School: Social and Behavioral Sciences
Degree Type: Bachelors Degree | Minor
Format: In-Person

Empower Others to Live Their Best Lives

Address the changing structures of contemporary society with a major or minor in Human Development. Gaining a deeper understanding of human development and how it is affected by cultural perspectives prepares you to empower infants, children, youth, adults, and seniors with the life skills necessary to live a comfortable life.

Courses focus on relationships and interactions through various cultural perspectives to improve people’s lives and prepare students for careers in:

• Child Care
• Church Ministry
• Counseling
• Graduate Studies in Social Sciences, Social Work & Human Services
• Public Policy

With a growing need for social services, the Human Development major explores human behavior to better understand the dynamics and demands that people experience throughout their lives.

Program Requirements
Student Learning Outcomes

Program Requirements

(In addition to Warner Pacific Core Studies Requirements)
Human Development Core Courses
(42 credits; 15 credits in residence)

      • HD 311  Prenatal through Early Childhood
      • HD 312  Mid-Child through Adolescent
      • HD 313  Adult Development, Aging and Dying
      • EDPSY 420  Learning Theory
      • SS 393 Research Methods and Applied Statistics
      • HD 314 Parenting through the Life Cycle
      • HD/HE 320 Human Sexualities
      • SOC/PS 345 Social Problems and Public Policy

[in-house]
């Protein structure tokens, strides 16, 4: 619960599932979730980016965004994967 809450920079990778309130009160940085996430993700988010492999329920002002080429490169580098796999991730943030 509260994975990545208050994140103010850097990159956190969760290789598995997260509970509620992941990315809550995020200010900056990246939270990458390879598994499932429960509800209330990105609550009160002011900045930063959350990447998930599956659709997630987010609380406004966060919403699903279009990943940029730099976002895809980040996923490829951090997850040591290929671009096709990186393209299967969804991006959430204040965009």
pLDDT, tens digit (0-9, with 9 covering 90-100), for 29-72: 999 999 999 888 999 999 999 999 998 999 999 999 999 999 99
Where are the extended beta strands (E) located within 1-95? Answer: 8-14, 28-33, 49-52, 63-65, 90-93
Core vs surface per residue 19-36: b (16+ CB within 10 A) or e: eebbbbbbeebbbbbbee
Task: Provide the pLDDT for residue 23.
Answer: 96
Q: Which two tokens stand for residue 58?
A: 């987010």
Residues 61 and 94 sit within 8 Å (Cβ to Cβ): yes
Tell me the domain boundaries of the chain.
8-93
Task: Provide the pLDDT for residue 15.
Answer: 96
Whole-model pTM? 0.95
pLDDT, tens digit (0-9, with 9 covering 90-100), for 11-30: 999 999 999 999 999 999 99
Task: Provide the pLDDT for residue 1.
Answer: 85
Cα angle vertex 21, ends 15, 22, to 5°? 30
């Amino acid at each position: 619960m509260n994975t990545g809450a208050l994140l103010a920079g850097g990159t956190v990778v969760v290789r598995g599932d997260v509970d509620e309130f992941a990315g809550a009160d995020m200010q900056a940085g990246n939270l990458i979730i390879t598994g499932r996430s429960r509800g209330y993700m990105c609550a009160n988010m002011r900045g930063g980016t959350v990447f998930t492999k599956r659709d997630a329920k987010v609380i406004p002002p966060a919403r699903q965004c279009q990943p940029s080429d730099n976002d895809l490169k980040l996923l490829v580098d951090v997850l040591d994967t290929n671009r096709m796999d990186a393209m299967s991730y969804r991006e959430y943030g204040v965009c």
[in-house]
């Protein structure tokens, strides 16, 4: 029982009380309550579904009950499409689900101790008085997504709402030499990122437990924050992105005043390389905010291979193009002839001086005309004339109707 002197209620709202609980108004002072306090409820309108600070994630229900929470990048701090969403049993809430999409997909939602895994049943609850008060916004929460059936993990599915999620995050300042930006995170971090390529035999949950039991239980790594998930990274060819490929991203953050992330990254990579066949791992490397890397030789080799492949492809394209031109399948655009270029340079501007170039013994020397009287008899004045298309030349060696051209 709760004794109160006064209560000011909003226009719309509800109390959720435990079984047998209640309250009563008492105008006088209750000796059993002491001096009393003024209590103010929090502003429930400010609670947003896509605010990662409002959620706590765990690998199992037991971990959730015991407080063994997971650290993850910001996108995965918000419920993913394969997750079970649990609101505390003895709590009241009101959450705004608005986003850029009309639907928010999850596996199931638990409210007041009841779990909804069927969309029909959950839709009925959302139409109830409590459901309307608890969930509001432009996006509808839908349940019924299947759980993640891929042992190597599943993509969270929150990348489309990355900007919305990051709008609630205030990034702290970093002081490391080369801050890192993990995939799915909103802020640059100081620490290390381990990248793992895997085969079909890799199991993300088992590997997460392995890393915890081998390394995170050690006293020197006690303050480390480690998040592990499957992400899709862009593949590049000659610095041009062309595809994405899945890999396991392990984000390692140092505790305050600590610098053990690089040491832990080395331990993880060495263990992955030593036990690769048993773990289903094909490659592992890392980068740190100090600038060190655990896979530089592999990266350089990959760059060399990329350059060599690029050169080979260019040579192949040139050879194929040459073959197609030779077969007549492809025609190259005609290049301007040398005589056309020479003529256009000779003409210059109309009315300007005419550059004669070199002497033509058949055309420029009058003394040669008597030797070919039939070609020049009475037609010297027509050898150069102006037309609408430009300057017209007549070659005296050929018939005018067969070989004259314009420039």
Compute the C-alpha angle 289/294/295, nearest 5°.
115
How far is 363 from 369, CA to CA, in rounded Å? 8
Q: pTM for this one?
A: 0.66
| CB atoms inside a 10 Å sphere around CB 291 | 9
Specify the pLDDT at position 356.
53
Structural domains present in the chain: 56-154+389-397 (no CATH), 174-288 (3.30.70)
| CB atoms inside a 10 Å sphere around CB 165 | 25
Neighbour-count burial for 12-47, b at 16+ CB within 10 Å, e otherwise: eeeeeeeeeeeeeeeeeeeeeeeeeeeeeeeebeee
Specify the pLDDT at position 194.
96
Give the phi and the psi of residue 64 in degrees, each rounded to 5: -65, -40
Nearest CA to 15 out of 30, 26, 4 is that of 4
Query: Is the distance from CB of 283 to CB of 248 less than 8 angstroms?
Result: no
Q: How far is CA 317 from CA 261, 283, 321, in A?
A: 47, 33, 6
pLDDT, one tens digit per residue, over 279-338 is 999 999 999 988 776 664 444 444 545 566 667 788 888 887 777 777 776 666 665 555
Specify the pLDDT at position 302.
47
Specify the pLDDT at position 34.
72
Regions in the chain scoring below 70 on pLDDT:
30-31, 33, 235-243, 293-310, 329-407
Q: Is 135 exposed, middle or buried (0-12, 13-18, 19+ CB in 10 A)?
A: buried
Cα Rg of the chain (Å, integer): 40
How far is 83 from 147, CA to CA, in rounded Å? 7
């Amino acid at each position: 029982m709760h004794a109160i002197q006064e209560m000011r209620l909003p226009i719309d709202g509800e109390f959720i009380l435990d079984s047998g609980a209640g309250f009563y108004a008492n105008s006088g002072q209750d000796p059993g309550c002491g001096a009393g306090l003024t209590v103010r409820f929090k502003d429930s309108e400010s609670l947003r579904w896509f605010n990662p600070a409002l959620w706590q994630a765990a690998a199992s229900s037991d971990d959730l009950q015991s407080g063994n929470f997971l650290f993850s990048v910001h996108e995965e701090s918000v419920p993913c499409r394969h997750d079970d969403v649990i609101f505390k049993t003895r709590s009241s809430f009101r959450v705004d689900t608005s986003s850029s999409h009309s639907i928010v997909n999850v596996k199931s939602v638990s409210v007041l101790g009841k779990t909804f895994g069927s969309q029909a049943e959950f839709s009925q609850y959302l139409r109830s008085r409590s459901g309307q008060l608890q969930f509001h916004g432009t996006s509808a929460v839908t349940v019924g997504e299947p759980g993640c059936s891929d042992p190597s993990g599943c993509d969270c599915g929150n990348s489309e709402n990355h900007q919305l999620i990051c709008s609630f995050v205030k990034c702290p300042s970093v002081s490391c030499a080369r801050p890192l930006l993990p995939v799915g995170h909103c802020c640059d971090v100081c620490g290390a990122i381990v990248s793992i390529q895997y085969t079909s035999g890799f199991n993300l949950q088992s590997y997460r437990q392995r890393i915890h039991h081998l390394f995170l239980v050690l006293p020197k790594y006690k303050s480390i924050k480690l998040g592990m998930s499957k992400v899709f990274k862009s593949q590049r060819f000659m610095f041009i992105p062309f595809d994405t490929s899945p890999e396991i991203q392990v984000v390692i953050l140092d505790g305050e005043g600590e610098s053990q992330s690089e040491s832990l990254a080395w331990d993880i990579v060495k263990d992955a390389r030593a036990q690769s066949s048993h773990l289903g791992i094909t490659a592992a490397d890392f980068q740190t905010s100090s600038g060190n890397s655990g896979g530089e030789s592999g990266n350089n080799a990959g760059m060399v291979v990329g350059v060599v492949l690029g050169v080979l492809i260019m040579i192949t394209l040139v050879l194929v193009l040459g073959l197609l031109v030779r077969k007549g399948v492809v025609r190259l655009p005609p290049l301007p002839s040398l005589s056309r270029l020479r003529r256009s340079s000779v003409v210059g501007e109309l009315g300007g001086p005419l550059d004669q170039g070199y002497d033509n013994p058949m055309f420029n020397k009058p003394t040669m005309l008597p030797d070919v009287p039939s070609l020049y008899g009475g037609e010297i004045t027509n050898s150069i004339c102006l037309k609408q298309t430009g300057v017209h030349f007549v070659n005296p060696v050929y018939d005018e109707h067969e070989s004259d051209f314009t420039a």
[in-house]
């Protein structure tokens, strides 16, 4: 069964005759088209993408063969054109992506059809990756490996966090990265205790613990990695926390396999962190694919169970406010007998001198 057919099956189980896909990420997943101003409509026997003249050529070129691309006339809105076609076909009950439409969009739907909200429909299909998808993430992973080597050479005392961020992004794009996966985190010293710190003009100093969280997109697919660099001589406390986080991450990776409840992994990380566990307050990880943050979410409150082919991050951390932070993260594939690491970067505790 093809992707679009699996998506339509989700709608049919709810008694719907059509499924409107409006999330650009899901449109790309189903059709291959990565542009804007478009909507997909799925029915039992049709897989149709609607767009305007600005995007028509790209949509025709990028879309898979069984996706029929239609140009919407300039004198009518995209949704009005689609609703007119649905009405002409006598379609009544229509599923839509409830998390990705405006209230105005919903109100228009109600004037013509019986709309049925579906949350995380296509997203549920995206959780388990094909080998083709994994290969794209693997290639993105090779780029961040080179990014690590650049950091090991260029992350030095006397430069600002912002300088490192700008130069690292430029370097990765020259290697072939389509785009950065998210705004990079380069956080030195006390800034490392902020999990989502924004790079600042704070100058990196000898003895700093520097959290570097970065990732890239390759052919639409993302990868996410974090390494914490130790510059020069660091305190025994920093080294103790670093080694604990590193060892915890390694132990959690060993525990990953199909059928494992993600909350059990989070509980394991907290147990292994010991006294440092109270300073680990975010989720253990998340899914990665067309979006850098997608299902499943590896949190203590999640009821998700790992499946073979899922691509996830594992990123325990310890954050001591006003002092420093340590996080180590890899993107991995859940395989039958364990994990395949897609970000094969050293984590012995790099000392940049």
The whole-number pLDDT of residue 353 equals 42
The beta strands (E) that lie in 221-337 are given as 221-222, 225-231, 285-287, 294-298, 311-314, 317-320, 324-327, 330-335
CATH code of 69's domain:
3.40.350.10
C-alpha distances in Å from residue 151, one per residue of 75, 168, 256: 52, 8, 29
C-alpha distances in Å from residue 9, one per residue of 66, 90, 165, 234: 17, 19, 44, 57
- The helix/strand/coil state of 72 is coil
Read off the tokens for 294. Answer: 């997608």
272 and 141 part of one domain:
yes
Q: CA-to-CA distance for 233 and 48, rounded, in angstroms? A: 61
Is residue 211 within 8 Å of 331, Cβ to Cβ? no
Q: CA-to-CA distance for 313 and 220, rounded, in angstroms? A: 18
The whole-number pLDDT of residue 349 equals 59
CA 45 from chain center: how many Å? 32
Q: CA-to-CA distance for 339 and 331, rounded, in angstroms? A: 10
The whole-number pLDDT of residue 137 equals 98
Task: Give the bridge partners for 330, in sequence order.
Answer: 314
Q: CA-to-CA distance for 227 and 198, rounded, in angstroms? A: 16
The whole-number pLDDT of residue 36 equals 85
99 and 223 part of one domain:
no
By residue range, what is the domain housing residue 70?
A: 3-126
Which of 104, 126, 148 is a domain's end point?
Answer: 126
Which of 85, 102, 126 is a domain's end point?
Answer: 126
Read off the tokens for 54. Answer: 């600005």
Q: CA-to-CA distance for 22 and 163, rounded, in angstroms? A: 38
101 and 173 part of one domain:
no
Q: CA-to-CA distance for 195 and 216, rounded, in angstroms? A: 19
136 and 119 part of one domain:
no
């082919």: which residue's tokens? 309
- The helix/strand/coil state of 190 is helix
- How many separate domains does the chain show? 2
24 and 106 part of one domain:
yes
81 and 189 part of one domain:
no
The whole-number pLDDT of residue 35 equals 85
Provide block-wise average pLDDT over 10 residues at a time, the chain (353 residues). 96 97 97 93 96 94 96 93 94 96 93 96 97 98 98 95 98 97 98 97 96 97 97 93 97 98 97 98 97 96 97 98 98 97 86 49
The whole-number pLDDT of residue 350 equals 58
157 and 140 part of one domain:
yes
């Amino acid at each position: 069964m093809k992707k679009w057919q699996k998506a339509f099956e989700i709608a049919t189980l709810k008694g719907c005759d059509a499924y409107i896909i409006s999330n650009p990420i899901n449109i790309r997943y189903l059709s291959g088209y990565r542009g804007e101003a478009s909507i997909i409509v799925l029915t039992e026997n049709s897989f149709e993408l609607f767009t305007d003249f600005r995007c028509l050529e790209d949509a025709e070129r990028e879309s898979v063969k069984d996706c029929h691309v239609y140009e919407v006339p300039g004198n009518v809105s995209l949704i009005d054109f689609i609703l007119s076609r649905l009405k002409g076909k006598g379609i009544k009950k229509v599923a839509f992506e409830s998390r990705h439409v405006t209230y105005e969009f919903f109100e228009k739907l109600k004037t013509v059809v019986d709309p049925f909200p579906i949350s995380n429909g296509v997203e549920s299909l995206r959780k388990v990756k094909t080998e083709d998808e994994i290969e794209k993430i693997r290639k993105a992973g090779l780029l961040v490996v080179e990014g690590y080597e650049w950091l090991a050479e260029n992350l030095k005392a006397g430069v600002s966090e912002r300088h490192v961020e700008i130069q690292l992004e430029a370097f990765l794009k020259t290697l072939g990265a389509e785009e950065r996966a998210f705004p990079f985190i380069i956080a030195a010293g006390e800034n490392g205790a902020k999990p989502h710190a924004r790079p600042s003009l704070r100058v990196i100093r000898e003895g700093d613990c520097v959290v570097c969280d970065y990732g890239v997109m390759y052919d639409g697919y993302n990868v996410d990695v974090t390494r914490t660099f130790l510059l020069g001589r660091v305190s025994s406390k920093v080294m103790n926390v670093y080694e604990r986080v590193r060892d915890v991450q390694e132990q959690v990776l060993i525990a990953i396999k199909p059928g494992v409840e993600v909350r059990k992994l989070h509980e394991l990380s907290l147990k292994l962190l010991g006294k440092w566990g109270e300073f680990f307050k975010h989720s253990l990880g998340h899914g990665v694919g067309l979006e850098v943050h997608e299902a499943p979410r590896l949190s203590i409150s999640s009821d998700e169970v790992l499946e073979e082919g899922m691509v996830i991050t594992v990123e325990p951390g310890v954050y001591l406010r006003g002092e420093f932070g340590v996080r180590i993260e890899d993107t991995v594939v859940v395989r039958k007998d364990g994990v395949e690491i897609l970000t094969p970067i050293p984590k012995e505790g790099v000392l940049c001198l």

• PSY 392/492 Junior/Senior Internship
      • PSY 441 Stress, Crisis, Trauma & Self-Care
      • SOC/HIS 340 Race & Ethnic Relations
      • And human development electives

Student Learning Outcomes

      • Articulate the major theories of development.
      • Equally substantiate through research data two opposing positions on a contended issue in the field.
      • Compare favorably in job performance with other entry-level employees in positions applying human development training.
      • Synthesize concepts learned into a holistic view of persons and their interacting systems
      • Perceive the presentation of a Christian ethos in the implementation of their coursework.
      • Demonstrate knowledge of the developmental theorists and the normal development course of prenatal, infant,  early childhood, mid-childhood, adolescent  and adult developmental periods.
      • Carry out “hands on” learning and contextual networking in the field of human development.
      • Exhibit information literacy by applying appropriate internet and library resources in the development of research papers and presentations.


Dr. Courage Mudzongo
Dr. Courage Mudzongo
Assistant Professor of Psychology

Aundrea Snitker
Dr. Aundrea Snitker
Chair of Arts and Social and Behavioral Sciences

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